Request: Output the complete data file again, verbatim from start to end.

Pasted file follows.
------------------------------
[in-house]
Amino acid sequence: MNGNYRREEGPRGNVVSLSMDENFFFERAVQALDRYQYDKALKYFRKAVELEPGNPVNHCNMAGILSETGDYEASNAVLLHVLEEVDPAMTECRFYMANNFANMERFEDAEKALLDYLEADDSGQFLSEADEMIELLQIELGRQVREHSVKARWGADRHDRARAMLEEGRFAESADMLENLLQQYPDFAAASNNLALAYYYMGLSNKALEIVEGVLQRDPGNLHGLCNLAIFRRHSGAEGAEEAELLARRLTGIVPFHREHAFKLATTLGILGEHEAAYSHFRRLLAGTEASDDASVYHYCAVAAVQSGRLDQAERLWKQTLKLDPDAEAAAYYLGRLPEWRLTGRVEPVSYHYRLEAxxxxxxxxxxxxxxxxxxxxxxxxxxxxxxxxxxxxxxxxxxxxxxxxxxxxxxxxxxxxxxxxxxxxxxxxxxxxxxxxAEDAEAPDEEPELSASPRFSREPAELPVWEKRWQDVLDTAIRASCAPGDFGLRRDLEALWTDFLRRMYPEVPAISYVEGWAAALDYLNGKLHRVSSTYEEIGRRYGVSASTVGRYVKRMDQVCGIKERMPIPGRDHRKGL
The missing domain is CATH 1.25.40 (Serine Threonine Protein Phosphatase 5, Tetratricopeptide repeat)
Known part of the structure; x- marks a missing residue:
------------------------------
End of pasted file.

[in-house]
Amino acid sequence: MNGNYRREEGPRGNVVSLSMDENFFFERAVQALDRYQYDKALKYFRKAVELEPGNPVNHCNMAGILSETGDYEASNAVLLHVLEEVDPAMTECRFYMANNFANMERFEDAEKALLDYLEADDSGQFLSEADEMIELLQIELGRQVREHSVKARWGADRHDRARAMLEEGRFAESADMLENLLQQYPDFAAASNNLALAYYYMGLSNKALEIVEGVLQRDPGNLHGLCNLAIFRRHSGAEGAEEAELLARRLTGIVPFHREHAFKLATTLGILGEHEAAYSHFRRLLAGTEASDDASVYHYCAVAAVQSGRLDQAERLWKQTLKLDPDAEAAAYYLGRLPEWRLTGRVEPVSYHYRLEAxxxxxxxxxxxxxxxxxxxxxxxxxxxxxxxxxxxxxxxxxxxxxxxxxxxxxxxxxxxxxxxxxxxxxxxxxxxxxxxxAEDAEAPDEEPELSASPRFSREPAELPVWEKRWQDVLDTAIRASCAPGDFGLRRDLEALWTDFLRRMYPEVPAISYVEGWAAALDYLNGKLHRVSSTYEEIGRRYGVSASTVGRYVKRMDQVCGIKERMPIPGRDHRKGL
The missing domain is CATH 1.25.40 (Serine Threonine Protein Phosphatase 5, Tetratricopeptide repeat)
Known part of the structure; x- marks a missing residue: